As Texas Deregulates, Electric Capacity Exceeds Demand
January 3, 2002
Texas begins electricity deregulation this week warning customers that California's problems with deregulation were unique. There, the state deregulated the wholesale power market while capping retail prices. Thus, utilities couldn't pass on costs to customers. Also, California hadn't built a major plant in a decade.
Texas took a different approach.
- The state deregulated the wholesale market in 1995, providing a time buffer to work out any kinks before retail deregulation this year.
- Also unlike California, Texas has built 30 plants in the past 6 years.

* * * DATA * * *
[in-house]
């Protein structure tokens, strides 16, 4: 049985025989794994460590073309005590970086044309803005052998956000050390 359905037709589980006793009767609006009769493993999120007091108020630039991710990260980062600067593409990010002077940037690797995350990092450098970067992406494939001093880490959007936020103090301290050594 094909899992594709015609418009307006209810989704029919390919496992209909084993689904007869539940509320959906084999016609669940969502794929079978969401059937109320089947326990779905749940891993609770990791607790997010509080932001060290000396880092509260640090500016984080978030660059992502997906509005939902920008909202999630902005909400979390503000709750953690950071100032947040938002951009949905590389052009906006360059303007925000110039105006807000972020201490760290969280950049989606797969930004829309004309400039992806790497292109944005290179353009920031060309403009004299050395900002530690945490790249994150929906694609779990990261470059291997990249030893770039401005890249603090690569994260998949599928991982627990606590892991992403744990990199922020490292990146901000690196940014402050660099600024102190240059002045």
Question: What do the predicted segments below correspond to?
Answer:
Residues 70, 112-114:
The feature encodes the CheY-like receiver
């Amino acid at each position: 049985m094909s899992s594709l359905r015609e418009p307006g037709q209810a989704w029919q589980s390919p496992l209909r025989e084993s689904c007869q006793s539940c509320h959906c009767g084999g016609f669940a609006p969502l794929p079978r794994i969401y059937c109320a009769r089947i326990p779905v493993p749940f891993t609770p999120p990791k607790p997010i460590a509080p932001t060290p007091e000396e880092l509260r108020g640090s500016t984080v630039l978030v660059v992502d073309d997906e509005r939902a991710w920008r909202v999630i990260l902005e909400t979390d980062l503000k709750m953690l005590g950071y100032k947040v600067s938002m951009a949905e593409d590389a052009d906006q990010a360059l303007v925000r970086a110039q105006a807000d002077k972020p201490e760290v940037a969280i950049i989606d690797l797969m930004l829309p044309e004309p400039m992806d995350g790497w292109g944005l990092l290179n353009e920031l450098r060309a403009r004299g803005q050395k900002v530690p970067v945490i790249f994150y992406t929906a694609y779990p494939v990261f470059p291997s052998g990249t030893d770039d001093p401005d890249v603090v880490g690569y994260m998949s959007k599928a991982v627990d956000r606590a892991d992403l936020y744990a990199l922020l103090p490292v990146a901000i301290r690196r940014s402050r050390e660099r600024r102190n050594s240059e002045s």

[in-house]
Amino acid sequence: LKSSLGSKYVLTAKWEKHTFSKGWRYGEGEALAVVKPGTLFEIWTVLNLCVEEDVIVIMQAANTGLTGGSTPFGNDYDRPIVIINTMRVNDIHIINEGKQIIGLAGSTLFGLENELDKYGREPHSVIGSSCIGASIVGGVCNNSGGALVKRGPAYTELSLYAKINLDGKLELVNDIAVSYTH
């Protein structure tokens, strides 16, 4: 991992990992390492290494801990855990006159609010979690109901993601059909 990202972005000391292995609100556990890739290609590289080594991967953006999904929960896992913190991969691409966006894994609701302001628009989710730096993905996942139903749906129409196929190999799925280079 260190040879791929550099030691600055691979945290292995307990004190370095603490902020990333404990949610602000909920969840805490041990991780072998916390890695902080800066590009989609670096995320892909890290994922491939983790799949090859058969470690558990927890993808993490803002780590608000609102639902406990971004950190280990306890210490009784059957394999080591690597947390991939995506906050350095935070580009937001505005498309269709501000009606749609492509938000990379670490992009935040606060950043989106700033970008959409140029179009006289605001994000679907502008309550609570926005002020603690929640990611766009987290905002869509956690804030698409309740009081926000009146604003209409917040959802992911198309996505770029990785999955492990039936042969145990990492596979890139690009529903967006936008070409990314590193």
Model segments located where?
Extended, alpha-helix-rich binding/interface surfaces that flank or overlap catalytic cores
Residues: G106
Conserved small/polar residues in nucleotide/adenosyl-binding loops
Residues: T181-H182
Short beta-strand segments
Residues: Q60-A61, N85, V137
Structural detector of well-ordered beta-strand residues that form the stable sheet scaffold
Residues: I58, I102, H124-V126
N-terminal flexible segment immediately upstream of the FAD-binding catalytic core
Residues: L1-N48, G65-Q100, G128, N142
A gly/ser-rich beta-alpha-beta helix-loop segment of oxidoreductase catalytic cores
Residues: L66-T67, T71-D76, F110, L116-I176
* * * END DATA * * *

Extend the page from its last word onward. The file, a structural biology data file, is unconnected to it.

- Currently, the state's electrical supply exceeds demand by 23 percent.
Texas officials have promised citizens will never experience California's chaotic electrical shortages. Still, the program is new, and initial interest so far seems guarded.
- So far few of the 4.7 million eligible households have chosen to switch from longstanding providers.
- Most of the 41 new providers registered with the state are seeking commercial and industrial clients.
- The rules establish an immediate retail price reduction of 11 percent to 17 percent, a drop partly attributable to the low price of natural gas, which is often used to fuel electric generation plants.
Source: Jim Yardley, "Texas Says It's No California As It Deregulates Electricity," New York Times, January 3, 2002.
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